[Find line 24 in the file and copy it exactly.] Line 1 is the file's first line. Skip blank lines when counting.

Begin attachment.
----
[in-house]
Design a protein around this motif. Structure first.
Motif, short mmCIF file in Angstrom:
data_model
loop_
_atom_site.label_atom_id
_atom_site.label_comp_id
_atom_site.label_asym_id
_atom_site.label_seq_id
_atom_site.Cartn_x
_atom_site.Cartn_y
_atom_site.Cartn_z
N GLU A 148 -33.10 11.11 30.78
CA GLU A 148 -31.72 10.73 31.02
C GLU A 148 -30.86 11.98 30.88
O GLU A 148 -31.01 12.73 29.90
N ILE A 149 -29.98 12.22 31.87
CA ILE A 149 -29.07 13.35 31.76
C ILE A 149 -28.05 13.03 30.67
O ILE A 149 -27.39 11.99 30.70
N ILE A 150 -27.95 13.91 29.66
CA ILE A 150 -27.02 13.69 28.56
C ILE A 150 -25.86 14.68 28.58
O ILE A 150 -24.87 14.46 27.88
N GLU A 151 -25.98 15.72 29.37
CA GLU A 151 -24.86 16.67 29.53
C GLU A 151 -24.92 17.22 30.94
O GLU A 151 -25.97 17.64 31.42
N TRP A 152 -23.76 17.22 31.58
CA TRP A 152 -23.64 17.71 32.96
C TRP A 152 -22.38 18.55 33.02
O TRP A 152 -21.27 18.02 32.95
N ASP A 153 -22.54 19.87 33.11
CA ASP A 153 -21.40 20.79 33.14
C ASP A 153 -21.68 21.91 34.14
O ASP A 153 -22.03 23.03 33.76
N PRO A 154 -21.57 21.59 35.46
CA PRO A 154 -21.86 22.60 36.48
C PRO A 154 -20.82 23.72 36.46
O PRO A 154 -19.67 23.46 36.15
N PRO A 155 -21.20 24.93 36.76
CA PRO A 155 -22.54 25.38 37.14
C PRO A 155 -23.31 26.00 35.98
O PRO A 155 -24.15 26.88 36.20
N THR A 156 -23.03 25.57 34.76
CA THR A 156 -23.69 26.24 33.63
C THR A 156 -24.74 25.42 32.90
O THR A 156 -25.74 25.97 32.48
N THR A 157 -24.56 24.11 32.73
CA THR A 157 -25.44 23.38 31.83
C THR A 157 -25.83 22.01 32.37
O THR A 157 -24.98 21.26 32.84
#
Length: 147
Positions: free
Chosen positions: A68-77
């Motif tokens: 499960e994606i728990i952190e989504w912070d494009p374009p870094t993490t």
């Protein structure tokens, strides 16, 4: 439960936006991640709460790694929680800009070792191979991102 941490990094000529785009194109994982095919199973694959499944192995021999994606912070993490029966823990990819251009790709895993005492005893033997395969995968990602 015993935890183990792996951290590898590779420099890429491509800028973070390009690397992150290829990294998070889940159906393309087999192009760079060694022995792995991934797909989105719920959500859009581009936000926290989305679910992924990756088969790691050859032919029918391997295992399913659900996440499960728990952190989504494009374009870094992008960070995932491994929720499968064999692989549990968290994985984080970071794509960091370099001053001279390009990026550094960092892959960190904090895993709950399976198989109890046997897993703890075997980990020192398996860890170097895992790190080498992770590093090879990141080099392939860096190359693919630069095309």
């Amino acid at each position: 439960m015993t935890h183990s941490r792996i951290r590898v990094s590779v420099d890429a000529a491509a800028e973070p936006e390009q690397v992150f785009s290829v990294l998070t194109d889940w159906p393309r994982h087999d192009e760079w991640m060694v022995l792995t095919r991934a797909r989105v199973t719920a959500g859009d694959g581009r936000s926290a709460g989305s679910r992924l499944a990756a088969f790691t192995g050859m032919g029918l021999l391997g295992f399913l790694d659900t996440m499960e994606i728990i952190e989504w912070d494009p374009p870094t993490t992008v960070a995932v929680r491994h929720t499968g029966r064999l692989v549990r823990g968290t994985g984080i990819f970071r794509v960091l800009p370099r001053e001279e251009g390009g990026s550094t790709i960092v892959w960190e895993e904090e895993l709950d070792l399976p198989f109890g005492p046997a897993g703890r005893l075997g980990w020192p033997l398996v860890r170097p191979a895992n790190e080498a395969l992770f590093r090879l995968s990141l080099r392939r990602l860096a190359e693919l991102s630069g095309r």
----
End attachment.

O ILE A 150 -24.87 14.46 27.88